1. What historians can learn by name?
Time has preserved for us a valuable historical source – “Register of the Army of Zaporizhia in 1649”, sealed with the handwritten signatures of Hetman Bogdan Khmelnitsky and the general clerk Ivan Vygovsky and the state seal. On 808 yellowed pages of this document contains a list of the names of forty thousand Cossacks. The most common at that time were the surnames of Andrienko, Vasilenko, Gritsenko, Ivanenko… In the register you can come across such rhyming names and names that are characteristic in the national language: Ivan Movchan, Protas Mukotryas, Matvey Postii, Andrukh Glukh, Matvei Zamorius.
Many names reflect the folk humor, wit, goodwill of Ukrainians, in particular such as Okonko, Zolotko, Zozulka, Pysanka, Golubchik, Chudoma.
And how many there are evidence of the richest possibilities of Ukrainian word-building! For example, in the register you can count about six dozen surnames formed
from the word nose: Nose, Beznos, Krivonos, Lupinos, Netrinos, Perebinos, Nosach, Krasnosnenko, Nositsky… The register also shows the diversity of synonyms of the then Ukrainian language: Balakalo, Govor, Gutarenko, Rozmova, Povidailo.
2. Texts about names and titles
A) People make history. Everyone has a name. The historian can not do without knowledge about what were the names in the gray antiquity, how they changed. In ancient times, the name was chosen depending on the circumstances of the child’s appearance. So, a girl who was born in winter, could call Winter. Sometimes parents, giving a name, expressed their attitude to a new member of the family – a child whose birth was eagerly awaited, gave the name Zhdanko, Lyubko. And how many could tell the names of appearance and disposition! Among the ancient Ukrainians were Dribki, Svetliki, Dobryny, and Gordyn. Our ancestors believed in the magical power of the name, considered it an amulet. Therefore, they often called children Wolves, Bears, believing that such names scare away evil spirits.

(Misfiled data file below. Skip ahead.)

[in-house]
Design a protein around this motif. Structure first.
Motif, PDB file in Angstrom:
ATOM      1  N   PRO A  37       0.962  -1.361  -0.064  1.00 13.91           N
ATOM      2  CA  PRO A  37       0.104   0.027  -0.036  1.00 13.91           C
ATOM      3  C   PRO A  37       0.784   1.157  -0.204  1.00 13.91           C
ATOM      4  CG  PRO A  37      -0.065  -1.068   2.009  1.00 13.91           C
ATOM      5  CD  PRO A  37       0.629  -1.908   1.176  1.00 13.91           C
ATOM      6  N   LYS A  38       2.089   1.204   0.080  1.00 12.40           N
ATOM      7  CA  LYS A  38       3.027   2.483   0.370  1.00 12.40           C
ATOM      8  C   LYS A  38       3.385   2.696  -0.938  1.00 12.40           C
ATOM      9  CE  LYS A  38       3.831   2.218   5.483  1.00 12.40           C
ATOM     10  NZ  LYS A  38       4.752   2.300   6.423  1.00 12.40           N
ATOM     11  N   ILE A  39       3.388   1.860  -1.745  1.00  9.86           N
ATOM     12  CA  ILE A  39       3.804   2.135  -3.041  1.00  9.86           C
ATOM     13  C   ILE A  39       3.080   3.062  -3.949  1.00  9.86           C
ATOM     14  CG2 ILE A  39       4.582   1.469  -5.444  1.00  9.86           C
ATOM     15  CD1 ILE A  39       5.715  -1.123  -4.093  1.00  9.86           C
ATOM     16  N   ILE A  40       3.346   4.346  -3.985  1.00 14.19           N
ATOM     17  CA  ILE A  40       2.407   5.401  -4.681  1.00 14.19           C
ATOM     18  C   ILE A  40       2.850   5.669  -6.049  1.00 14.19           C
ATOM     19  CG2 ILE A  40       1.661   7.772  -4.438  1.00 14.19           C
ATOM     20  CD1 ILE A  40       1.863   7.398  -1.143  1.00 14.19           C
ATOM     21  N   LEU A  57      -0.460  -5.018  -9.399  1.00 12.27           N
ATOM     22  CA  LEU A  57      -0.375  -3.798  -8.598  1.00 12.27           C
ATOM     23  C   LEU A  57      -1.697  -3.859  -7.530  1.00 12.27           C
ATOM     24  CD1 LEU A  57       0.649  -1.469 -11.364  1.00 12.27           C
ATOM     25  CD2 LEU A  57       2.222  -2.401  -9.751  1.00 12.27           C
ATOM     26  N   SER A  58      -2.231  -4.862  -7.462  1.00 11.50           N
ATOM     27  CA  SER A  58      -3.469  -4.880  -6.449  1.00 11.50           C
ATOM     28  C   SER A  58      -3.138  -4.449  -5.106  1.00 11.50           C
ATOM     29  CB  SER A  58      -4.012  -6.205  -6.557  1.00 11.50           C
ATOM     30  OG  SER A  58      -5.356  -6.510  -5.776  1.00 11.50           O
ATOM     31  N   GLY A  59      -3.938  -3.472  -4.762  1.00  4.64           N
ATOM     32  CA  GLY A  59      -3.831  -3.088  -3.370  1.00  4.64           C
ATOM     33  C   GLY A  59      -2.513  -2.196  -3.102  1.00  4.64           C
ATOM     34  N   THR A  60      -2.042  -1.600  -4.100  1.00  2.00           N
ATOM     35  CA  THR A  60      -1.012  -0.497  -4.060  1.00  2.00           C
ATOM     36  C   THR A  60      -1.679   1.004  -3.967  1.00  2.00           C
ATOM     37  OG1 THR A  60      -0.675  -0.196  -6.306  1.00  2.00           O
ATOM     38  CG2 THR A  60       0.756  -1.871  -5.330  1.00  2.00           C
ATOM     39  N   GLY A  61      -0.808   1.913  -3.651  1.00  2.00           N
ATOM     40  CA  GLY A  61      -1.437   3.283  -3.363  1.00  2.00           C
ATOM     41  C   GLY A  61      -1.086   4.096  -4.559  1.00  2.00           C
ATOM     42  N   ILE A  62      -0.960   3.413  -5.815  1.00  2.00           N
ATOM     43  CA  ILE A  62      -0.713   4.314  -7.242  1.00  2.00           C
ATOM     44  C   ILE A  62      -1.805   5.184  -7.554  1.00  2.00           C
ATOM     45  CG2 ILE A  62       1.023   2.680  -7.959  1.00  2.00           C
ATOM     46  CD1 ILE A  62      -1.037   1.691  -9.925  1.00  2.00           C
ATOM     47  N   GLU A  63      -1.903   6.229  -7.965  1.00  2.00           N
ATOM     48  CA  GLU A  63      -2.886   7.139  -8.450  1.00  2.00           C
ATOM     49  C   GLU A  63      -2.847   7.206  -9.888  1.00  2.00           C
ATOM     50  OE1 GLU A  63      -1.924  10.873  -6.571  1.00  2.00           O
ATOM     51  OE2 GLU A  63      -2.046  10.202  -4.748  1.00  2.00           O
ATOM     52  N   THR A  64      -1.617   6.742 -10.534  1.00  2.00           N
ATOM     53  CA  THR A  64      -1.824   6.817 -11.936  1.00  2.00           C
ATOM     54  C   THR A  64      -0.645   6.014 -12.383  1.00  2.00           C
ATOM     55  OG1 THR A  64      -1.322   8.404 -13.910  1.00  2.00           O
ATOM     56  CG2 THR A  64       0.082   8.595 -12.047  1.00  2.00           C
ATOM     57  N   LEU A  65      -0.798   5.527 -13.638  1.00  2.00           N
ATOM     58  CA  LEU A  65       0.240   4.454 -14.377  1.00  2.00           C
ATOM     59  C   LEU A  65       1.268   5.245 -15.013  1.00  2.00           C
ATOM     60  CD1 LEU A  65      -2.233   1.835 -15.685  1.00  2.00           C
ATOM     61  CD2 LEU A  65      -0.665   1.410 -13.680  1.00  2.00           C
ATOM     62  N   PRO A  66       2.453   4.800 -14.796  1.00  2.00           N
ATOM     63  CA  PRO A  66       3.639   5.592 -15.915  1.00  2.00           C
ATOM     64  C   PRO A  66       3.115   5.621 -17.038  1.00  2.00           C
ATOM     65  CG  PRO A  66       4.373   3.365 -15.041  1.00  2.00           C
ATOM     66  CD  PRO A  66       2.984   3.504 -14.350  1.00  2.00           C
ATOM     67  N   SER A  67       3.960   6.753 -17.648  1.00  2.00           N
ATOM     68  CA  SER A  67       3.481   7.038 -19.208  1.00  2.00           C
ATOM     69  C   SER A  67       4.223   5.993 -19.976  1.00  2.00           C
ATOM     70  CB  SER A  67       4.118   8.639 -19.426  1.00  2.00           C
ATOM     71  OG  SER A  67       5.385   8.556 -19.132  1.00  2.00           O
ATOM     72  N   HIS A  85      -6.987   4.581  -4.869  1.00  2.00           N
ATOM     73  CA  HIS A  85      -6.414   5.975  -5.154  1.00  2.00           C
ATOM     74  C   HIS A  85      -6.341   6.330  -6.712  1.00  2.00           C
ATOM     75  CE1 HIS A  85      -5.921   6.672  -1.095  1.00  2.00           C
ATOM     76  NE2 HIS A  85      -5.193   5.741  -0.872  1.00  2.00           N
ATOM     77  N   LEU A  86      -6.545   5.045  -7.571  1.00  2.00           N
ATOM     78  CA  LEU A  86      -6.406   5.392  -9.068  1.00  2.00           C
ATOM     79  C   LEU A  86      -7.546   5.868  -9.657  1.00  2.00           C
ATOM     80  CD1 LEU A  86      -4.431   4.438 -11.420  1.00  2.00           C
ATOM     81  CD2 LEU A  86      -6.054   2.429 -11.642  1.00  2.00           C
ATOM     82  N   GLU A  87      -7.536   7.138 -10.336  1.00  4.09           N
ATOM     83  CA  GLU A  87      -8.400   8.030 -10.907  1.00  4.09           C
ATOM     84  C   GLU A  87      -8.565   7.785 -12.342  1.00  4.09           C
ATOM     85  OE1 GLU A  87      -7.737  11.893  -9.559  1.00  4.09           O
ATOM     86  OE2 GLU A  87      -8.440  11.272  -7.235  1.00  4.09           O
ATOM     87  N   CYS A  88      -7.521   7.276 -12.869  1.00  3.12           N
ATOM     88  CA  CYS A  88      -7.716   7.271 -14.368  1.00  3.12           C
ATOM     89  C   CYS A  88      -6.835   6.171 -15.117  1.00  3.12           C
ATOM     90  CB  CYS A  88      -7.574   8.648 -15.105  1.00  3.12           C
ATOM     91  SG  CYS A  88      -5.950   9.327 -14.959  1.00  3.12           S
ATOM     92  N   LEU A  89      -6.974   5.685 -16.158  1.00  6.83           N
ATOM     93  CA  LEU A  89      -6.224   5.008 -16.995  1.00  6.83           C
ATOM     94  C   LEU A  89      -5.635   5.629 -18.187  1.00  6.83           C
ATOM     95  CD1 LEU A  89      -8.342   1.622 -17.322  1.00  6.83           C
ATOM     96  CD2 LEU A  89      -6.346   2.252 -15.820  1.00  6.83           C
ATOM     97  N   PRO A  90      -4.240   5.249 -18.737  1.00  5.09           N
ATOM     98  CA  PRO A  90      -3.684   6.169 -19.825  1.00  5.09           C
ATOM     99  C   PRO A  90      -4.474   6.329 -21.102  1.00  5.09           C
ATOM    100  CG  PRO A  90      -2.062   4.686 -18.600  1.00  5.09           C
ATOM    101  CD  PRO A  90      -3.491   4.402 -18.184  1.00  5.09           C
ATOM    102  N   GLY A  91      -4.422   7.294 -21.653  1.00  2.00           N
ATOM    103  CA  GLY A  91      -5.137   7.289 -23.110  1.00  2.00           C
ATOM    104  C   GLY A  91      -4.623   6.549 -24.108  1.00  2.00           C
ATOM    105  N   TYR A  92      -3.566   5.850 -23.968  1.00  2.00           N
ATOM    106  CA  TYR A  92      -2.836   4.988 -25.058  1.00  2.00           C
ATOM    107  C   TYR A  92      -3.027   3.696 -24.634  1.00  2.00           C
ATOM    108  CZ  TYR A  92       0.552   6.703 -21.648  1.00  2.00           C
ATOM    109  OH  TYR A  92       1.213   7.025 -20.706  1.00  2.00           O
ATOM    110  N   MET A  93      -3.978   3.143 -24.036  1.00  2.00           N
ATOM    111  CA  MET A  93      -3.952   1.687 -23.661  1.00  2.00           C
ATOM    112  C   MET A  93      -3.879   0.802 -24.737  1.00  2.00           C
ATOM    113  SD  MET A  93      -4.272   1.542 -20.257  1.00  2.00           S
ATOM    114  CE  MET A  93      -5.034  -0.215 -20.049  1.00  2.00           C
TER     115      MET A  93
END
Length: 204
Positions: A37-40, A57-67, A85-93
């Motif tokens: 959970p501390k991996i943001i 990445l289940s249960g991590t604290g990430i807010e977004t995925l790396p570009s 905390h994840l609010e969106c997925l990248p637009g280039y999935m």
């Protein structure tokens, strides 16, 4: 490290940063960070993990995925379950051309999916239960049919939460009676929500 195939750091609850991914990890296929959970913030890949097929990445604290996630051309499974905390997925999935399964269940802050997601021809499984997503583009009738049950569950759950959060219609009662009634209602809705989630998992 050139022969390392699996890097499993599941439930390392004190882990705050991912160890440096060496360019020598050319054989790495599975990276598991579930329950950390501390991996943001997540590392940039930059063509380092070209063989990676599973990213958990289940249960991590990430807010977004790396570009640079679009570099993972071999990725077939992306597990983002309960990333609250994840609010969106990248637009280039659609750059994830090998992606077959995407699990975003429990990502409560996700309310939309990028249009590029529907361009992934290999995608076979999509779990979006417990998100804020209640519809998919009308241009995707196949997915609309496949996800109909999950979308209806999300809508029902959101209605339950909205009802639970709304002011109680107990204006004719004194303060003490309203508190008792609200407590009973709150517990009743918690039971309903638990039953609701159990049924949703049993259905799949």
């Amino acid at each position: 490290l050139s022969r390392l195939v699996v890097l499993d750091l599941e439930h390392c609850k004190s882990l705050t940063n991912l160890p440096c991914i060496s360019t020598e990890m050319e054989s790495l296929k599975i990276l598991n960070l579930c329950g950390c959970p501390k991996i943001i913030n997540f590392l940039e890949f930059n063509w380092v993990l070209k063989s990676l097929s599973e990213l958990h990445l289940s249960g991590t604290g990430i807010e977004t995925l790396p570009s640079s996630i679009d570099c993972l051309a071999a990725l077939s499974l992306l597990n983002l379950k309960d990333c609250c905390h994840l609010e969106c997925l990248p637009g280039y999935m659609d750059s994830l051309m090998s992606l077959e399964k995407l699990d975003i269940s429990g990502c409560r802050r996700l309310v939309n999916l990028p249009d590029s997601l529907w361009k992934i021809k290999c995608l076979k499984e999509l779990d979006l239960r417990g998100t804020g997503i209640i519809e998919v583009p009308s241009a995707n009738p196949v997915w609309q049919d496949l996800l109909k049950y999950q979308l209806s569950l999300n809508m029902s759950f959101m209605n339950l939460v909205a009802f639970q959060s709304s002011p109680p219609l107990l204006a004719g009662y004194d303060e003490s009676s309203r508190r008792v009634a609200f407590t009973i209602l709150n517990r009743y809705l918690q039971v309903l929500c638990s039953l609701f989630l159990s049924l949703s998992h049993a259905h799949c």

Our ancestors and complex names-Borislav,
Dobroslav, Slawomir, Svyatopolk, Yaropolk, etc., used these names. Such names were common, as a rule, in princely families. Therefore, they are called princely.
B) At different times the largest river of Ukraine had several names – the Dnieper, Slavuta, Borisfen… How did they come about, which one is the oldest? Today, scientists are unanimous that the name Dnepr is the oldest. The root of the Don – with the meaning “water” is known in the names of many rivers: Don, Donets, Dniester, Danube…
3. What names in your hometown are reminiscent of the past?
According to the testimony of foreign travelers, the construction of the Armenian street was one of the best in Lviv. The decoration of the street and the city was the Armenian Cathedral of the Assumption of the Virgin, built in 1363 by means of wealthy Armenian merchants. Armenians settled in Lviv in the second half of the 13th century. According to archival sources, 60 families of Armenians lived in the city at that time.
The chronicle “The Tale of Bygone Years” has preserved a legend explaining the name of the city of Pereyaslav: here was a duel between the Pecheneg giant and the boy-boy who lived in this locality. The stranger was thrown to the ground by our hero, “shouted and ran the Pechenegs, and the Rusich pursued them, beating them, and drove them away, but Vladimir rejoiced and laid the city near the ford of that and called him Pereyaslav, because the boy took the glory.” The second part to the name was added in 1943 to perpetuate the memory of the events of the National Liberation War of the mid-17th century. There are Pogiaslav-Khmelnytsky and Bogdan Khmelnitsky Square, and the Pereyaslavsky Rada Square, where in 1654 the hetman assembled the Cossack Council, which made a decision on military alliance with the Moscow Tsar.